During this time, Castro's forces remained quite small in numbers, sometimes fewer than 200 men, while the Cuban army and police force had a manpower of around 37,000.[60] Even so, nearly every time the Cuban military fought against the revolutionaries, the army was forced to retreat. An arms embargo – imposed on the Cuban government by the United States on 14 March 1958 – contributed significantly to the weakness of Batista's forces. The Cuban air force rapidly deteriorated: it could not repair its airplanes without importing parts from the United States.[61]

    Operation Verano

    Batista finally responded to Castro's efforts with an attack on the mountains called Operation Verano, known to the rebels as la Ofensiva. The army sent some 12,000 soldiers, half of them untrained recruits, into the mountains, along with his own brother Raul. In a series of small skirmishes, Castro's determined guerrillas defeated the Cuban army.[61] In the Battle of La Plata, which lasted from 11 to 21 July 1958, Castro's forces defeated a 500-man battalion, capturing 240 men while losing just three of their own.[62]

    However, the tide nearly turned on 29 July 1958, when Batista's troops almost destroyed Castro's small army of some 300 men at the Battle of Las Mercedes. With his forces pinned down by superior numbers, Castro asked for, and received, a temporary cease-fire on 1 August. Over the next seven days, while fruitless negotiations took place, Castro's forces gradually escaped from the trap. By the 8 August, Castro's entire army had escaped back into the mountains, and Operation Verano had effectively ended in failure for the Batista government...[61]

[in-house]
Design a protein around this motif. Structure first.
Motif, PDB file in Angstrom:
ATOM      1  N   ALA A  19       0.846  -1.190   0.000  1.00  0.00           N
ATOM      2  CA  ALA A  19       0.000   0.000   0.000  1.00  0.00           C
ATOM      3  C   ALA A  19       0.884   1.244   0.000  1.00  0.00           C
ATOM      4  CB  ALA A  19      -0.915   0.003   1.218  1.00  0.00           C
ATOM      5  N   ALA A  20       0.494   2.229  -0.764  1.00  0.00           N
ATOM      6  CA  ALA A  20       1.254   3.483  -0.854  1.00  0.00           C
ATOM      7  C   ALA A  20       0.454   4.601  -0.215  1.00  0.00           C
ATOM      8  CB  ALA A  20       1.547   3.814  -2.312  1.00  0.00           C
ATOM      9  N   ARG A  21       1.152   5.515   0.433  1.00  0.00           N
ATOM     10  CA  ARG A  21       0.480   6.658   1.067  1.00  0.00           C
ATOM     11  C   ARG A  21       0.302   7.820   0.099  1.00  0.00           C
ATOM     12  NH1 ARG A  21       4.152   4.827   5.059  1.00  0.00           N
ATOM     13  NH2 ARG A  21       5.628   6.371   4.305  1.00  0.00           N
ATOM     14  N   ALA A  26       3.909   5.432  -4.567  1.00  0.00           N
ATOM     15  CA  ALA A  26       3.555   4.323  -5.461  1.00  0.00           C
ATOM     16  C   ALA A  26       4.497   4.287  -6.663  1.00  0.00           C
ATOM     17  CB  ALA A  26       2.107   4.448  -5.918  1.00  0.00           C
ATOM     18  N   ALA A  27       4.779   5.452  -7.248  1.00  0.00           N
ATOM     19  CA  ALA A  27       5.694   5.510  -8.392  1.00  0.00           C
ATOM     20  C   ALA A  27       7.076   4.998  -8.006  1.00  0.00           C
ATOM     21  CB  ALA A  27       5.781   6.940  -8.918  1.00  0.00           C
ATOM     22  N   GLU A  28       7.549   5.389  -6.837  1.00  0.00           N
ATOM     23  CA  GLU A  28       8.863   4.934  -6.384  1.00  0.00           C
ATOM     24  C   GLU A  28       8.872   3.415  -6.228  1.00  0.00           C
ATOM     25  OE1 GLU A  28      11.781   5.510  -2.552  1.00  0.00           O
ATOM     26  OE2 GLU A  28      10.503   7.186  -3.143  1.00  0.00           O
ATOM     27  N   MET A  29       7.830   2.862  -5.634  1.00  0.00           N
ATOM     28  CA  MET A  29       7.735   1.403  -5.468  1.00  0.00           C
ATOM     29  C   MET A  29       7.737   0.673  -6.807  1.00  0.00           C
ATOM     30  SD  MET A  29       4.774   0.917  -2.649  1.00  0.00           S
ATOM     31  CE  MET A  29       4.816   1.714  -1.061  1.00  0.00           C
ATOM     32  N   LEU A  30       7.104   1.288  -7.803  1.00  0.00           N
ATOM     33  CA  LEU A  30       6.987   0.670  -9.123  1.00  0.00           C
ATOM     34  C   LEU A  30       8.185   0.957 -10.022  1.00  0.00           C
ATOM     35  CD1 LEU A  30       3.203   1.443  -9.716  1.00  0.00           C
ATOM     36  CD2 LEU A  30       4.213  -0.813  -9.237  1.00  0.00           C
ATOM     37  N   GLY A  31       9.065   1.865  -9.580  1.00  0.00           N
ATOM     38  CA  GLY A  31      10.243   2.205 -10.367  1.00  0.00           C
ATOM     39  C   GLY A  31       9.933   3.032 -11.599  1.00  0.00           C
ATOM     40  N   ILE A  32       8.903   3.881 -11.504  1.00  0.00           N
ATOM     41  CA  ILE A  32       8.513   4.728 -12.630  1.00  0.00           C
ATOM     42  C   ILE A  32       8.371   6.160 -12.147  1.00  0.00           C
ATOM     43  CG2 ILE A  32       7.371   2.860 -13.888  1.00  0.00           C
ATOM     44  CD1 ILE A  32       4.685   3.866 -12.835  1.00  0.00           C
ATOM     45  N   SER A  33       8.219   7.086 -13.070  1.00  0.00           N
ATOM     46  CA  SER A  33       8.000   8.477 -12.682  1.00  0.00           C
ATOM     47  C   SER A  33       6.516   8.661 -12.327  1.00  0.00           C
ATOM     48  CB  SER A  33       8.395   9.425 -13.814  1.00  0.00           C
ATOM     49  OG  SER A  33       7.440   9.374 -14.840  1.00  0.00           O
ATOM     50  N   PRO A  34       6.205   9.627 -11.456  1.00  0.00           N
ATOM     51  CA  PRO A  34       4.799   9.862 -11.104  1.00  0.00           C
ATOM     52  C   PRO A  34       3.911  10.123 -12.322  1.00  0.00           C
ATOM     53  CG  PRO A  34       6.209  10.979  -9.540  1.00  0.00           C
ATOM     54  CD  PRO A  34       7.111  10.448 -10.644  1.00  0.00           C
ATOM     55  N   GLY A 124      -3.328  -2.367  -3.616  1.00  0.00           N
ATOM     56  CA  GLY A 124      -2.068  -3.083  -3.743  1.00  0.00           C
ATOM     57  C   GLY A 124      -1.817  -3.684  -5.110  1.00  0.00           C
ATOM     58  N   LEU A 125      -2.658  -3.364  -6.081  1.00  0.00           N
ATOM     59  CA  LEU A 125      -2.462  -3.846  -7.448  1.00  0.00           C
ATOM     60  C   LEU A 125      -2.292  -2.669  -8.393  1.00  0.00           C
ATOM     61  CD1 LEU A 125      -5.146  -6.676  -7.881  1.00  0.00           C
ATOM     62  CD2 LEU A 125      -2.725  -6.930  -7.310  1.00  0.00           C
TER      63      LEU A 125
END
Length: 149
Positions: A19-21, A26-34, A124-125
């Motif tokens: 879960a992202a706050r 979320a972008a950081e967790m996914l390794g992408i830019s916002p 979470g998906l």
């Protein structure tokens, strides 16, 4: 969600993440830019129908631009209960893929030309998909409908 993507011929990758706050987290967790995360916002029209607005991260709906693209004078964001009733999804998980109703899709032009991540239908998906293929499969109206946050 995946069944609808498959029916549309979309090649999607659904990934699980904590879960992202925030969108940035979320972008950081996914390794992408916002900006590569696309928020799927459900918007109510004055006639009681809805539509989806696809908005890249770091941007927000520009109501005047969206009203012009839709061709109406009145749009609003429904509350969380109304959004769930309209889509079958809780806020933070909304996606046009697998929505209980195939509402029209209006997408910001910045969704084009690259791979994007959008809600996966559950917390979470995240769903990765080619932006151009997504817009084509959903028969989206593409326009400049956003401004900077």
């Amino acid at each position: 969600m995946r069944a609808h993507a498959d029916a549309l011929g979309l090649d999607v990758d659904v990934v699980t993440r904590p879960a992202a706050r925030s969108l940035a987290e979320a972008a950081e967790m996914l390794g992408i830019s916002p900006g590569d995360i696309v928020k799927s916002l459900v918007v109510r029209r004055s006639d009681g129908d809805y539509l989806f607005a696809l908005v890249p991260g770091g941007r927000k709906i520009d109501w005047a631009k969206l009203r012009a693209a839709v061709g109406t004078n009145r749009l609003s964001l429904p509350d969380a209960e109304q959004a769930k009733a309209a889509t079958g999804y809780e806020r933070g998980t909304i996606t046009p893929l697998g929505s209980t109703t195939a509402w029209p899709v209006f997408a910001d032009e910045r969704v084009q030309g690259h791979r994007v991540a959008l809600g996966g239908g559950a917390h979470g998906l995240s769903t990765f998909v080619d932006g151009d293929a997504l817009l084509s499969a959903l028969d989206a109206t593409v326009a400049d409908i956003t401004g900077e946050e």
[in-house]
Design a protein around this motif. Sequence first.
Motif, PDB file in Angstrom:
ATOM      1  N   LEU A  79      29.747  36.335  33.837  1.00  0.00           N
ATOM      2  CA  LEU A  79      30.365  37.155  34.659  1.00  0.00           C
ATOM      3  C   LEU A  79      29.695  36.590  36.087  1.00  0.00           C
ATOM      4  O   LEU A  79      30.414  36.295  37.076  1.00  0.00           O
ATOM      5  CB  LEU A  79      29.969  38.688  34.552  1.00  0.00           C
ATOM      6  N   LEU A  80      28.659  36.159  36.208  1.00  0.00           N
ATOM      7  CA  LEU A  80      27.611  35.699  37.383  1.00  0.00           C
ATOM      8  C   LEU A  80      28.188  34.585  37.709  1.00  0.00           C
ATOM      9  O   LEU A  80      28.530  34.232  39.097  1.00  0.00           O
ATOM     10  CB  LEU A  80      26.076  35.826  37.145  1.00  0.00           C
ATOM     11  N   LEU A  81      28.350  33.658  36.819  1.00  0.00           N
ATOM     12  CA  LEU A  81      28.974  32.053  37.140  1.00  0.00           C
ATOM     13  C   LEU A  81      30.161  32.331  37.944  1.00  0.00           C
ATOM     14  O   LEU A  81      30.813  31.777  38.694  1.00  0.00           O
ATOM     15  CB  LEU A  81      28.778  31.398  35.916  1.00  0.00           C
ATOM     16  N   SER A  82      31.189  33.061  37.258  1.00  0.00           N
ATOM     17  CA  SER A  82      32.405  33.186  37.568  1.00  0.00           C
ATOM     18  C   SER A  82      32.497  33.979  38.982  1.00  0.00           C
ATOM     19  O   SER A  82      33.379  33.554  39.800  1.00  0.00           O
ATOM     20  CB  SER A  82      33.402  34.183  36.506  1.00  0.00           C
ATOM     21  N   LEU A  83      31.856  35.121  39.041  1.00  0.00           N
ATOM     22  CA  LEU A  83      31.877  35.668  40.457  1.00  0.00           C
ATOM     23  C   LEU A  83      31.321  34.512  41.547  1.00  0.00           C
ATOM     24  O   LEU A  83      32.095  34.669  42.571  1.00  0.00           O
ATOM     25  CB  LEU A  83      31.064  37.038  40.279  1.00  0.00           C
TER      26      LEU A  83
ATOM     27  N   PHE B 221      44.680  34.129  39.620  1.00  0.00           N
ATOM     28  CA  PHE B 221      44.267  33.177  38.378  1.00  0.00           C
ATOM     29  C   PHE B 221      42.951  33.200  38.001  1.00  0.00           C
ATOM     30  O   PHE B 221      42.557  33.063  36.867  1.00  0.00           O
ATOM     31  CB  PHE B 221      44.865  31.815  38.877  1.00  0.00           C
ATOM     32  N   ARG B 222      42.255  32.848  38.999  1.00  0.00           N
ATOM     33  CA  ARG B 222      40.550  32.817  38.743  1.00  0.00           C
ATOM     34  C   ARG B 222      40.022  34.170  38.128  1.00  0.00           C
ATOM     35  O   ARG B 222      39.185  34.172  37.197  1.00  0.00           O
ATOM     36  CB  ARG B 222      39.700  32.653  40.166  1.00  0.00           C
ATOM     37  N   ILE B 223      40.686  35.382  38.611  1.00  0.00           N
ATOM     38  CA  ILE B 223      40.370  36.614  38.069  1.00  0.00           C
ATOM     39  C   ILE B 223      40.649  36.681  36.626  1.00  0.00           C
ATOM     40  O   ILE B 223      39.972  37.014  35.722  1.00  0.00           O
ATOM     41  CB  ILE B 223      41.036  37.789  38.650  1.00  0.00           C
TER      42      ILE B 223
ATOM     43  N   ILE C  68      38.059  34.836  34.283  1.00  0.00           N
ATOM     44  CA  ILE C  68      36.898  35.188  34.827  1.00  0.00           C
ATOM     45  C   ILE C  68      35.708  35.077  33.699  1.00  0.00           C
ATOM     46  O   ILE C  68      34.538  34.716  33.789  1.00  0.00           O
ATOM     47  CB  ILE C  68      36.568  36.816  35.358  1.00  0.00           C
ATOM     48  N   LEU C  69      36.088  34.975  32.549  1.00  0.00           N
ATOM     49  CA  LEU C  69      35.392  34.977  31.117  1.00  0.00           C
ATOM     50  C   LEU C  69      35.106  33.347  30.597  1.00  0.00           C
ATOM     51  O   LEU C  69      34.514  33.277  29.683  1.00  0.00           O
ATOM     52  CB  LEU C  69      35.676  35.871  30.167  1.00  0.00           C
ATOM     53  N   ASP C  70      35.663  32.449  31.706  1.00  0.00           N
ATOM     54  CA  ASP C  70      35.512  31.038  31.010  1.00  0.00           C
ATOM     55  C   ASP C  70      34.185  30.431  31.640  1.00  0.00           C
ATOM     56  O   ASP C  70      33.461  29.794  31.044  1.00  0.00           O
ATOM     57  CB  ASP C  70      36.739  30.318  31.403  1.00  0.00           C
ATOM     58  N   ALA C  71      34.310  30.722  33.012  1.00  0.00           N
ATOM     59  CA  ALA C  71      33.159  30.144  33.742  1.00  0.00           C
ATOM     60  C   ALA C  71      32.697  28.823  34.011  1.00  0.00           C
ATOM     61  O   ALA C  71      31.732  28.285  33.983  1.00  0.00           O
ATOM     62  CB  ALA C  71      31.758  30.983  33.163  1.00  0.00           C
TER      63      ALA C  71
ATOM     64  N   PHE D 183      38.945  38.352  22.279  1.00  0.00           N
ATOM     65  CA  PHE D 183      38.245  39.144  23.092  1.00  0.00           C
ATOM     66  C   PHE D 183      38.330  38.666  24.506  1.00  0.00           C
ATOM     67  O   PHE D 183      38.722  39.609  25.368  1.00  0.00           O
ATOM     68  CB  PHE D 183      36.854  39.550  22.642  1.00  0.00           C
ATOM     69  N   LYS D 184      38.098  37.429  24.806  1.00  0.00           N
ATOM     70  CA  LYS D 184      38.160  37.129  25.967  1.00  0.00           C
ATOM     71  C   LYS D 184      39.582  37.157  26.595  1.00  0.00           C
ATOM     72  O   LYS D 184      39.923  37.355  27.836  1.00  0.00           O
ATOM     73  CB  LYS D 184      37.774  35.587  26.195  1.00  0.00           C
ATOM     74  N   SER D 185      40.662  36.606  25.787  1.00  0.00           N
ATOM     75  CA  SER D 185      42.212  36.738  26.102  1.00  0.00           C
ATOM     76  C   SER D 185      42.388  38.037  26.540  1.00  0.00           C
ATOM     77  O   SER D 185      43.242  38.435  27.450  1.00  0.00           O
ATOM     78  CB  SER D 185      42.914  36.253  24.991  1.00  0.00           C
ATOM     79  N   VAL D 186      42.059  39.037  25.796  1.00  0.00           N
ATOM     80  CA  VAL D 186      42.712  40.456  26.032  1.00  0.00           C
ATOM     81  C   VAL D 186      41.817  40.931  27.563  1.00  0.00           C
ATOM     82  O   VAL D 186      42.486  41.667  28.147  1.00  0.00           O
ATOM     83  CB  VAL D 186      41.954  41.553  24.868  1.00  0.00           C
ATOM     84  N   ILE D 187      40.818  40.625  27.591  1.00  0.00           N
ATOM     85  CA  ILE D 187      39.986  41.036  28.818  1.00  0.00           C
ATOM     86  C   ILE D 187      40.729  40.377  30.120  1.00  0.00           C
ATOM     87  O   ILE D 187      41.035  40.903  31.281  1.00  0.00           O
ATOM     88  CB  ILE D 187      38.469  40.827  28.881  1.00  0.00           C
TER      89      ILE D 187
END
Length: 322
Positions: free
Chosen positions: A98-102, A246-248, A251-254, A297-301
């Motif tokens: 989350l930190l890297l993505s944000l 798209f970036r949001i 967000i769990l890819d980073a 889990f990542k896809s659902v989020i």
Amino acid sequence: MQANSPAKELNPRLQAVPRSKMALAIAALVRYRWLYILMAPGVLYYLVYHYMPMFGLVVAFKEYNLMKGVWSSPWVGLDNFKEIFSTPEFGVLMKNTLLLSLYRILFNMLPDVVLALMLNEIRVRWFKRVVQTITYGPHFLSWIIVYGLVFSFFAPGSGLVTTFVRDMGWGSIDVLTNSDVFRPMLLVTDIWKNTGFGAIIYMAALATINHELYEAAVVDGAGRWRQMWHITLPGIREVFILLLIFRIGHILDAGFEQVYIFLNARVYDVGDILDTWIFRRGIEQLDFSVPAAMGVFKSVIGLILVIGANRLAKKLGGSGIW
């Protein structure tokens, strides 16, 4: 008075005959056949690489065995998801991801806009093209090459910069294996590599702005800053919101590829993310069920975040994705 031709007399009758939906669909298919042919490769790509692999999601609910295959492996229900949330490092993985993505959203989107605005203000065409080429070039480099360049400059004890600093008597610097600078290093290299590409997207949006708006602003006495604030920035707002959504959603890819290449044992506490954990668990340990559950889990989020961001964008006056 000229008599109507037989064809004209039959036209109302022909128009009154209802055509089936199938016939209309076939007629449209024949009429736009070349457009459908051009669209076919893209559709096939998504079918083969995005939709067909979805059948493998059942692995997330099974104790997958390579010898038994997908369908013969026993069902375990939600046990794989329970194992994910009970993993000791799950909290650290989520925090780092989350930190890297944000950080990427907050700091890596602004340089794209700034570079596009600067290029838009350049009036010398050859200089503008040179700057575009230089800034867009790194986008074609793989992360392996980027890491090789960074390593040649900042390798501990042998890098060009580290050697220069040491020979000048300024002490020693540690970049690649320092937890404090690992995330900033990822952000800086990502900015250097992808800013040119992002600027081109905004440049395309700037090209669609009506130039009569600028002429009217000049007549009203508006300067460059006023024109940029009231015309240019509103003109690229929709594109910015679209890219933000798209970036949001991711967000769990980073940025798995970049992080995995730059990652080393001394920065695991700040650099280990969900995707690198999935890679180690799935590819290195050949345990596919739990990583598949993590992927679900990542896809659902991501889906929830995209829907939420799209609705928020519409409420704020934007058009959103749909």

Rebel offensive

    The enemy soldier in the Cuban example which at present concerns us, is the junior partner of the dictator; he is the man who gets the last crumb left by a long line of profiteers that begins in Wall Street and ends with him. He is disposed to defend his privileges, but he is disposed to defend them only to the degree that they are important to him. His salary and his pension are worth some suffering and some dangers, but they are never worth his life. If the price of maintaining them will cost it, he is better off giving them up; that is to say, withdrawing from the face of the guerrilla danger.

    Che Guevara, 1958[63]

    On 21 August 1958, after the defeat of Batista's Ofensiva, Castro's forces began their own offensive. In the Oriente province (in the area of the present-day provinces of Santiago de Cuba, Granma, Guantánamo and Holguín),[64] Fidel Castro, Raúl Castro and Juan Almeida Bosque directed attacks on four fronts. Descending from the mountains with new weapons captured during the Ofensiva and smuggled in by plane, Castro's forces won a series of initial victories. Castro's major victory at Guisa, and the successful capture of several towns including Maffo, Contramaestre, and Central Oriente, brought the Cauto plains under his control.